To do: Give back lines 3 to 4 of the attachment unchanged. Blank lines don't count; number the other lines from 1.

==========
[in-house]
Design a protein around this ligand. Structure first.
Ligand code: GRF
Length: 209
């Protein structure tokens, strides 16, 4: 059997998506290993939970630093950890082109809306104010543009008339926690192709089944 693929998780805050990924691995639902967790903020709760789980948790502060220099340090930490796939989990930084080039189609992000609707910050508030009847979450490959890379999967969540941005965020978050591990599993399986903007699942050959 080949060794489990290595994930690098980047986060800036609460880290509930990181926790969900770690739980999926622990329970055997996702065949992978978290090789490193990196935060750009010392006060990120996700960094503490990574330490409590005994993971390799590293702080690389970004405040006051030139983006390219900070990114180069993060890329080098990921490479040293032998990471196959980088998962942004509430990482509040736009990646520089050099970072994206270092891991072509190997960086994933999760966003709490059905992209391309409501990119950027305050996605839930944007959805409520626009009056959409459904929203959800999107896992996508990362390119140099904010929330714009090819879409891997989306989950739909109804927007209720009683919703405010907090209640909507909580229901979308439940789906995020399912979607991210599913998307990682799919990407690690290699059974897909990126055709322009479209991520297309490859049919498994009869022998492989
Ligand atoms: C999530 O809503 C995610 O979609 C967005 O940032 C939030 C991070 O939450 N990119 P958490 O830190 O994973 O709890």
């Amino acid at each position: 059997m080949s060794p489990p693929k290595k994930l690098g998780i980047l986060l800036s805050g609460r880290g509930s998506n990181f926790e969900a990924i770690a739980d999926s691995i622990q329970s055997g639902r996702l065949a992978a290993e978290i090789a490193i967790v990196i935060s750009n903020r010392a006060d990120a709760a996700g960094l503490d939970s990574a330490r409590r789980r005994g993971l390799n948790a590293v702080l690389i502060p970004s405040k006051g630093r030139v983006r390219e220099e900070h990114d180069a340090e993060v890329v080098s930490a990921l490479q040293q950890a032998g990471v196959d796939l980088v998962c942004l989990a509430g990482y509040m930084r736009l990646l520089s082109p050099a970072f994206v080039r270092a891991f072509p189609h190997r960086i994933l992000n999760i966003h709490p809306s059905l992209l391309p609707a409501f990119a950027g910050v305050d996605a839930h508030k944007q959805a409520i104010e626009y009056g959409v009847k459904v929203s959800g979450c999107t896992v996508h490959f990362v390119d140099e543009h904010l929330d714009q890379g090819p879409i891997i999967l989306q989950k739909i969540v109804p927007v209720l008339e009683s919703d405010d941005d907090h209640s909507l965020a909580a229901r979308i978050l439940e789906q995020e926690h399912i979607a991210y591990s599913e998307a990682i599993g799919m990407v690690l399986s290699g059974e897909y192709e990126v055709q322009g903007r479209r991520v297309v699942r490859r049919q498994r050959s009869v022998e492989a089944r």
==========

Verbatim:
Ligand code: GRF
Length: 209